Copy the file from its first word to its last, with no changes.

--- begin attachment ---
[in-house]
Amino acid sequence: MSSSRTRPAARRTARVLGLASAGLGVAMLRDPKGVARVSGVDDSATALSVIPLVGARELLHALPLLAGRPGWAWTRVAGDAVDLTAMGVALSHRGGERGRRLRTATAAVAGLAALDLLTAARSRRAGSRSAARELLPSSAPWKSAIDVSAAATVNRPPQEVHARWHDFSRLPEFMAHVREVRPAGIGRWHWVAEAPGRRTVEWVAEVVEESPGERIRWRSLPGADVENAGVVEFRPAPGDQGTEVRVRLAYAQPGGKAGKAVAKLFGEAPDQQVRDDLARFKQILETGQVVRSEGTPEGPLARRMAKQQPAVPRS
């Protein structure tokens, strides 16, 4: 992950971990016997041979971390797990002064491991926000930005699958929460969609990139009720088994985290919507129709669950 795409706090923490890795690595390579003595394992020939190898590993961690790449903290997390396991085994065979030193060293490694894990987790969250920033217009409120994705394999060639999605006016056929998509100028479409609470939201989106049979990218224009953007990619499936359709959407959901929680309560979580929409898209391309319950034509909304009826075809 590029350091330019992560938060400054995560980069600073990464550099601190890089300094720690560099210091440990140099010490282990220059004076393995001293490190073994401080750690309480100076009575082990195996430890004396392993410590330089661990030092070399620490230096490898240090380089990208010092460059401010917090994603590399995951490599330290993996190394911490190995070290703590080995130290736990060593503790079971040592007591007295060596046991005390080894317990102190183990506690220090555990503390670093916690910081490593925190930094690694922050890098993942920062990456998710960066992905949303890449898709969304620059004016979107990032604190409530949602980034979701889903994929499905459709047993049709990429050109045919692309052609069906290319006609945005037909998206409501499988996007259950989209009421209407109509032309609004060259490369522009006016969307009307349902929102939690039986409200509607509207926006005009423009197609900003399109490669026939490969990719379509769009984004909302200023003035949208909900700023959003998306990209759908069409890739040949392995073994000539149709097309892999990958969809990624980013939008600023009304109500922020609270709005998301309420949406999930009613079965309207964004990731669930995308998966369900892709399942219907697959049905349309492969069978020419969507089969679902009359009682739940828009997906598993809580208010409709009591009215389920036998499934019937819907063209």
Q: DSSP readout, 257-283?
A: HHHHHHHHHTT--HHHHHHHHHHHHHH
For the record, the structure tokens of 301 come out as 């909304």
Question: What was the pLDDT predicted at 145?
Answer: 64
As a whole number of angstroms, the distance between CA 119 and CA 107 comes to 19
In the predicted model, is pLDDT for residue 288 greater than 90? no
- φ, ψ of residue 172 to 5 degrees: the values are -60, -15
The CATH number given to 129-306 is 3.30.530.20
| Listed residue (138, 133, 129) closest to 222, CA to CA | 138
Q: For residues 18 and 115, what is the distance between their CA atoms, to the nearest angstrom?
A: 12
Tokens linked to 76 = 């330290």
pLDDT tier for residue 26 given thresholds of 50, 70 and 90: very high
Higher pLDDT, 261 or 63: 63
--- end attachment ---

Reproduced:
[in-house]
Amino acid sequence: MSSSRTRPAARRTARVLGLASAGLGVAMLRDPKGVARVSGVDDSATALSVIPLVGARELLHALPLLAGRPGWAWTRVAGDAVDLTAMGVALSHRGGERGRRLRTATAAVAGLAALDLLTAARSRRAGSRSAARELLPSSAPWKSAIDVSAAATVNRPPQEVHARWHDFSRLPEFMAHVREVRPAGIGRWHWVAEAPGRRTVEWVAEVVEESPGERIRWRSLPGADVENAGVVEFRPAPGDQGTEVRVRLAYAQPGGKAGKAVAKLFGEAPDQQVRDDLARFKQILETGQVVRSEGTPEGPLARRMAKQQPAVPRS
């Protein structure tokens, strides 16, 4: 992950971990016997041979971390797990002064491991926000930005699958929460969609990139009720088994985290919507129709669950 795409706090923490890795690595390579003595394992020939190898590993961690790449903290997390396991085994065979030193060293490694894990987790969250920033217009409120994705394999060639999605006016056929998509100028479409609470939201989106049979990218224009953007990619499936359709959407959901929680309560979580929409898209391309319950034509909304009826075809 590029350091330019992560938060400054995560980069600073990464550099601190890089300094720690560099210091440990140099010490282990220059004076393995001293490190073994401080750690309480100076009575082990195996430890004396392993410590330089661990030092070399620490230096490898240090380089990208010092460059401010917090994603590399995951490599330290993996190394911490190995070290703590080995130290736990060593503790079971040592007591007295060596046991005390080894317990102190183990506690220090555990503390670093916690910081490593925190930094690694922050890098993942920062990456998710960066992905949303890449898709969304620059004016979107990032604190409530949602980034979701889903994929499905459709047993049709990429050109045919692309052609069906290319006609945005037909998206409501499988996007259950989209009421209407109509032309609004060259490369522009006016969307009307349902929102939690039986409200509607509207926006005009423009197609900003399109490669026939490969990719379509769009984004909302200023003035949208909900700023959003998306990209759908069409890739040949392995073994000539149709097309892999990958969809990624980013939008600023009304109500922020609270709005998301309420949406999930009613079965309207964004990731669930995308998966369900892709399942219907697959049905349309492969069978020419969507089969679902009359009682739940828009997906598993809580208010409709009591009215389920036998499934019937819907063209």
Q: DSSP readout, 257-283?
A: HHHHHHHHHTT--HHHHHHHHHHHHHH
For the record, the structure tokens of 301 come out as 């909304």
Question: What was the pLDDT predicted at 145?
Answer: 64
As a whole number of angstroms, the distance between CA 119 and CA 107 comes to 19
In the predicted model, is pLDDT for residue 288 greater than 90? no
- φ, ψ of residue 172 to 5 degrees: the values are -60, -15
The CATH number given to 129-306 is 3.30.530.20
| Listed residue (138, 133, 129) closest to 222, CA to CA | 138
Q: For residues 18 and 115, what is the distance between their CA atoms, to the nearest angstrom?
A: 12
Tokens linked to 76 = 């330290």
pLDDT tier for residue 26 given thresholds of 50, 70 and 90: very high
Higher pLDDT, 261 or 63: 63